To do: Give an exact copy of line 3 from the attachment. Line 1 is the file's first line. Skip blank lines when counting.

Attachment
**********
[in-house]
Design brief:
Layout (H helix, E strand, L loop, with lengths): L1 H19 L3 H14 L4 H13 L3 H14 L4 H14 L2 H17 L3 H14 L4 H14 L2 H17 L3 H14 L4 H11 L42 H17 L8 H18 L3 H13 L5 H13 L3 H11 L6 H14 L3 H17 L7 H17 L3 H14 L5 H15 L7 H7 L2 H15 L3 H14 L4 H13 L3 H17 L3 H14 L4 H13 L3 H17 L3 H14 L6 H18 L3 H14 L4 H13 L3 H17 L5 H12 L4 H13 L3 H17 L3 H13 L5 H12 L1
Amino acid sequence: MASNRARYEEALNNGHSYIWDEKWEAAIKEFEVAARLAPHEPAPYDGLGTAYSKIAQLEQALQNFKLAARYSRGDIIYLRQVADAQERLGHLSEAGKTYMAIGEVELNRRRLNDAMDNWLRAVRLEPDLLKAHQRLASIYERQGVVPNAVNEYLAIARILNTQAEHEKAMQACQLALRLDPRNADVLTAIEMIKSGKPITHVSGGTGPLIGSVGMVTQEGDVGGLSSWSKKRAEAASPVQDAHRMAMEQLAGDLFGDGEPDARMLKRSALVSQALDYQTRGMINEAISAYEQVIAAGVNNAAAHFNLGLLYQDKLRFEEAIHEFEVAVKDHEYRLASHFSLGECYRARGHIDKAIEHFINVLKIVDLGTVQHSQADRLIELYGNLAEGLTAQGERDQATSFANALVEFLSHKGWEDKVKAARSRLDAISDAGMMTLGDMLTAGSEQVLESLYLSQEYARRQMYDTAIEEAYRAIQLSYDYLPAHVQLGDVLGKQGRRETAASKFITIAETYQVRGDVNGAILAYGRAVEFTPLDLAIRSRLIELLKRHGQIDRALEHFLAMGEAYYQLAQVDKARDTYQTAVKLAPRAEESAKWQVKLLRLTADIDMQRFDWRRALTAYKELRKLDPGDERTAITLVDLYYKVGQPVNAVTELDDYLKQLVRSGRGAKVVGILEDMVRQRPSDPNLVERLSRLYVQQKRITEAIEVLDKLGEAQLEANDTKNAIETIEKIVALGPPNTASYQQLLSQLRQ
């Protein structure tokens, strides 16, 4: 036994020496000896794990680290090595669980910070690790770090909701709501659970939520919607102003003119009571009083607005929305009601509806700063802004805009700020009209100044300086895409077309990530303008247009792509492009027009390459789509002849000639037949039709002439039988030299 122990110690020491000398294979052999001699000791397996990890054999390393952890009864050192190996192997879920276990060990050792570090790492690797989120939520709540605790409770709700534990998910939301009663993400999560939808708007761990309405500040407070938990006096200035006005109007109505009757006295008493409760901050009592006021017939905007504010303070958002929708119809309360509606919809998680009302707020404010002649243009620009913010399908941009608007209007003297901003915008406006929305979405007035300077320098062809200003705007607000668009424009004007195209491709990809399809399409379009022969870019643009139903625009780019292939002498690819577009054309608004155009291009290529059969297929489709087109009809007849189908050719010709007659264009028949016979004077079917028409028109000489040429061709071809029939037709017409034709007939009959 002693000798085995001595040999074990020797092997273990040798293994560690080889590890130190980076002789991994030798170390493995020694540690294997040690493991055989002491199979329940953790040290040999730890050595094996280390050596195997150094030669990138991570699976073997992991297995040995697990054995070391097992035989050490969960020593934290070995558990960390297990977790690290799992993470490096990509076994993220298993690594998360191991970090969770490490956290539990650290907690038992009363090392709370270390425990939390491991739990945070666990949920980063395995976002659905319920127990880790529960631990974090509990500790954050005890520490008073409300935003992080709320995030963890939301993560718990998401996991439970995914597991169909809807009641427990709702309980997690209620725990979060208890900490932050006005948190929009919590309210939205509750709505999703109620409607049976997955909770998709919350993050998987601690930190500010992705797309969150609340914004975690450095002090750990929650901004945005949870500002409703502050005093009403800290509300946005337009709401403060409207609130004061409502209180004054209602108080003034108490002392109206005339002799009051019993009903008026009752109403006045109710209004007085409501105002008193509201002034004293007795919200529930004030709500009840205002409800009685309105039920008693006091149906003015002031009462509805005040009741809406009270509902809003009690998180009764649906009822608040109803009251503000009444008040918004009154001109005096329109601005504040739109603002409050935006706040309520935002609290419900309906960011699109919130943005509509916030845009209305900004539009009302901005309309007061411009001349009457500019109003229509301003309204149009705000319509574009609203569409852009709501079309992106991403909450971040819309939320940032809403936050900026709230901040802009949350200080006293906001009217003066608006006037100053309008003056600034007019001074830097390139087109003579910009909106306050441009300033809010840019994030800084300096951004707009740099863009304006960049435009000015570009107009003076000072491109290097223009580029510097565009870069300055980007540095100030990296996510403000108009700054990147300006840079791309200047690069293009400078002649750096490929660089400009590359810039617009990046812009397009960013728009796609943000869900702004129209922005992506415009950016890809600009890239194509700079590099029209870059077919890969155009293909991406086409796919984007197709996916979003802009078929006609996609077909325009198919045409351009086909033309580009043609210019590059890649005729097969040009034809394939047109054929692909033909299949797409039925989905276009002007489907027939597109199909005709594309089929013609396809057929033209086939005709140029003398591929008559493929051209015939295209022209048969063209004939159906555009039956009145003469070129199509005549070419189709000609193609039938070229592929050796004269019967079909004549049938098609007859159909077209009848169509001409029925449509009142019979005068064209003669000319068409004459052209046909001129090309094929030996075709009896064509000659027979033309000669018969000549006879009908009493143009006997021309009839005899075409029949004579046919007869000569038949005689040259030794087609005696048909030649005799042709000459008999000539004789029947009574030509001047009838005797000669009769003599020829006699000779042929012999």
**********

Layout (H helix, E strand, L loop, with lengths): L1 H19 L3 H14 L4 H13 L3 H14 L4 H14 L2 H17 L3 H14 L4 H14 L2 H17 L3 H14 L4 H11 L42 H17 L8 H18 L3 H13 L5 H13 L3 H11 L6 H14 L3 H17 L7 H17 L3 H14 L5 H15 L7 H7 L2 H15 L3 H14 L4 H13 L3 H17 L3 H14 L4 H13 L3 H17 L3 H14 L6 H18 L3 H14 L4 H13 L3 H17 L5 H12 L4 H13 L3 H17 L3 H13 L5 H12 L1